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Hummingbirds have evolved to survive harsh environments 

Experts at Washington University in St. Louis are describing how hummingbirds use torpor, a hibernation-like state of inactivity, to survive harsh environments. According to the study, hummingbirds use torpor in different ways depending on their physical state and the environmental conditions they are facing. 

In collaboration with biologists in Colombia, the researchers caught 249 hummingbirds (29 different species) living in the middle to high altitudes of the Andes Mountains. The experts wanted to measure torpor under various semi-natural conditions. 

“Torpor is somewhere between a power nap and hibernation,” said study first author Justin Baldwin. “Earlier research had suggested that torpor was a way of completely shutting metabolism down to minimal levels.”

“Our findings join a growing body of evidence to suggest that when animals enter torpor, they have diverse options to calibrate aspects of torpor to their environment.”

The study revealed that hummingbirds can enter into deep or shallow torpor, and they can remain in this state for just a few hours or for the entire night. In addition, the birds can begin to emerge from torpor hours or just minutes before sunrise. 

“Small birds were more likely to use torpor than large birds, but only at low ambient temperatures, where torpor was prolonged. We also found effects of proxy variables for body condition and energy expenditure on the use of torpor, its characteristics, and impacts,” wrote the researchers.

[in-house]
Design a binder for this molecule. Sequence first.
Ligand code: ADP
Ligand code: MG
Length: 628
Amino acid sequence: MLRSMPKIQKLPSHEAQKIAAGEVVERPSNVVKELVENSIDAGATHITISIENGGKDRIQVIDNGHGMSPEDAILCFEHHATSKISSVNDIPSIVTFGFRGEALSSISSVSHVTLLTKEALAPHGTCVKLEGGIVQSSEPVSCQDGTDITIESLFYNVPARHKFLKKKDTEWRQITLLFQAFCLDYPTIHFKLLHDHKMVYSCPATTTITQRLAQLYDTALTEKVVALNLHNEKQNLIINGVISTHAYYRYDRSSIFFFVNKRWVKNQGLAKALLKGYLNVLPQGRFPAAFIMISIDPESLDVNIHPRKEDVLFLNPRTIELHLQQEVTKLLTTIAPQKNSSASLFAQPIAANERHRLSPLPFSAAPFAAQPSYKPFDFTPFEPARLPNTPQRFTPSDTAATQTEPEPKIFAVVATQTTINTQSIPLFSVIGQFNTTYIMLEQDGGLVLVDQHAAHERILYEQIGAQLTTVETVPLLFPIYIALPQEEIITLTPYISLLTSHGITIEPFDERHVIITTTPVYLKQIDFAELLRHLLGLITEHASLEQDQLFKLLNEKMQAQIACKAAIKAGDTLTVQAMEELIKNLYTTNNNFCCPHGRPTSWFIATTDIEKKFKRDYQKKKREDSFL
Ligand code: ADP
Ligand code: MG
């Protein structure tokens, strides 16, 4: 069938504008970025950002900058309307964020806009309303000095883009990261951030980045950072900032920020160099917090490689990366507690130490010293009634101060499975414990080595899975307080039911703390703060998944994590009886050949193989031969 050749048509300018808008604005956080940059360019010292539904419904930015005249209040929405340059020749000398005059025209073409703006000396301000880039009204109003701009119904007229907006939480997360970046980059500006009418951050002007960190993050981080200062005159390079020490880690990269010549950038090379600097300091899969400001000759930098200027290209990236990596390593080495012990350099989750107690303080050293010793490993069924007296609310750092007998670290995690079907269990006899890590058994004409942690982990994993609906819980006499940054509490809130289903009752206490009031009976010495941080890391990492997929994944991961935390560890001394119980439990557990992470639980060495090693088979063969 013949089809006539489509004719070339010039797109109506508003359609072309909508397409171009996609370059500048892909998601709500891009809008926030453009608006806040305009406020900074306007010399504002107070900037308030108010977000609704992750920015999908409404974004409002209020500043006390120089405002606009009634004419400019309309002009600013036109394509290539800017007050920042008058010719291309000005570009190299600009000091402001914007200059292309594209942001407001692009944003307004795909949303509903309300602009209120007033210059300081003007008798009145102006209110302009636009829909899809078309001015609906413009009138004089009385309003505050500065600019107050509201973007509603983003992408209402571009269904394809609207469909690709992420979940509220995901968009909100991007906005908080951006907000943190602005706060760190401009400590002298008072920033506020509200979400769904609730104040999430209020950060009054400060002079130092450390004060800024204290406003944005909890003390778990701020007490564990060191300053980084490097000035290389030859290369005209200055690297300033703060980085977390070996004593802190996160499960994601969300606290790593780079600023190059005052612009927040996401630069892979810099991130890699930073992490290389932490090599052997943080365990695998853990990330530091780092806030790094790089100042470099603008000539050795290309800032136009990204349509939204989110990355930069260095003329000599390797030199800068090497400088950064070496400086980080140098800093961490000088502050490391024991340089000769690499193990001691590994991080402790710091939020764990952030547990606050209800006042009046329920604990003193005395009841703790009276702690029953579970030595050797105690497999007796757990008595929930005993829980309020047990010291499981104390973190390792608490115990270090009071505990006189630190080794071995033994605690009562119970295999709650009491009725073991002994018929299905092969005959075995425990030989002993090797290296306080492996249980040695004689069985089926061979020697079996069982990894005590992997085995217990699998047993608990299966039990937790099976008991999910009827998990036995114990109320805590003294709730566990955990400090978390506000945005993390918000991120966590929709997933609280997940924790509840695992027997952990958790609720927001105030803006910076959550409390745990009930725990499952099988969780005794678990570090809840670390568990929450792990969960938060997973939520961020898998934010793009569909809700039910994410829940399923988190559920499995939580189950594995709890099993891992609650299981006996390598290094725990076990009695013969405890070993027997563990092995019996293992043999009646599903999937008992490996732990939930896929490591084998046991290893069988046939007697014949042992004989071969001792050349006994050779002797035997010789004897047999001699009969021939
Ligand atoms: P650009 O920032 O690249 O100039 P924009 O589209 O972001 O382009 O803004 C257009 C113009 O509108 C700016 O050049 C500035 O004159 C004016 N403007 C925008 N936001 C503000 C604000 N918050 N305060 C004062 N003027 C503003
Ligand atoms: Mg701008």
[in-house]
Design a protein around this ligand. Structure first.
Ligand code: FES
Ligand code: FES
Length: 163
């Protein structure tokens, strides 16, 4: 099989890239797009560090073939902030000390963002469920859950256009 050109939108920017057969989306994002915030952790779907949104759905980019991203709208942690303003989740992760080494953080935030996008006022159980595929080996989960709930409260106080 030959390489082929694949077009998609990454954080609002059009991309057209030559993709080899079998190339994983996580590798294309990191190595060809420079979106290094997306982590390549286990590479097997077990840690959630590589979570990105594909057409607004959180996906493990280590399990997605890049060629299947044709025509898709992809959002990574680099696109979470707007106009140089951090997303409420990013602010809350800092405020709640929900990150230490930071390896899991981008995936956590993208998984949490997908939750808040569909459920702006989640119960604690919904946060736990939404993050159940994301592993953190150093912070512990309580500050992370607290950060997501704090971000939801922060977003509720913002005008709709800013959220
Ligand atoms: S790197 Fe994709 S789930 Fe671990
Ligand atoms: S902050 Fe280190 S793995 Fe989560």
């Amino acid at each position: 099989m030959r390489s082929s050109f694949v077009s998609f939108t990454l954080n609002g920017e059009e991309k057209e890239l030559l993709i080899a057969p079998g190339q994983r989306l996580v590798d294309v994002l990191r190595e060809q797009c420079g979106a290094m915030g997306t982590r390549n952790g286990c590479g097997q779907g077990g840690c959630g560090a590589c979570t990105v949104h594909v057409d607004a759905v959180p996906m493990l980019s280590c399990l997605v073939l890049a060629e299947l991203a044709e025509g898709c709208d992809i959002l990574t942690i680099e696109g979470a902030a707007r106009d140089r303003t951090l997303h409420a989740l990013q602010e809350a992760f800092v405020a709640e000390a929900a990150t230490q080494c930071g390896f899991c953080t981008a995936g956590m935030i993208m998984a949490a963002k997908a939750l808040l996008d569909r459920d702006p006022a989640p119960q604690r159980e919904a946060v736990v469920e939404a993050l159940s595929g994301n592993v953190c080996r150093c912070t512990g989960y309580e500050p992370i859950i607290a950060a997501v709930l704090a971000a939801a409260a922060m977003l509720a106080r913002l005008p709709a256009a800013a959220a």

Study co-author Gustavo Londoño is a professor at the Universidad Icesi in Cali, Colombia. He explained that torpor can be the difference between surviving through cold night-time temperatures encountered at high elevations, or dying trying to regulate their body temperature using fuel from their internal reserves.

“One of the new things we learned with this study is that hummingbirds start exiting torpor more or less one hour before sunrise,” said Professor Londoño. “Being out of torpor and ready to fly with the first sunlight is key to ensuring that their first meal will be from flowers that are full of nectar. The flowers then get depleted through the morning.”

By studying many hummingbird species at once, the researchers were able to analyze how torpor may have contributed to their evolution and colonization of harsh environments.

“Species that more readily deployed torpor at our study sites also occurred at higher elevations across the entire Andean region,” said Baldwin. “This is exciting, because it suggests that a characteristic of bird physiology can tell us something about their distribution across the entire continent.”

“Even though we don’t know which came first – an increase in readiness to use torpor or the ability to persist at high elevations – we think that hummingbirds’ readiness to use torpor is likely tied to their evolutionary conquest of mountain habitats.”

 The study is published in the journal Proceedings of the Royal Society B Biological Sciences.

By Chrissy Sexton, Editor

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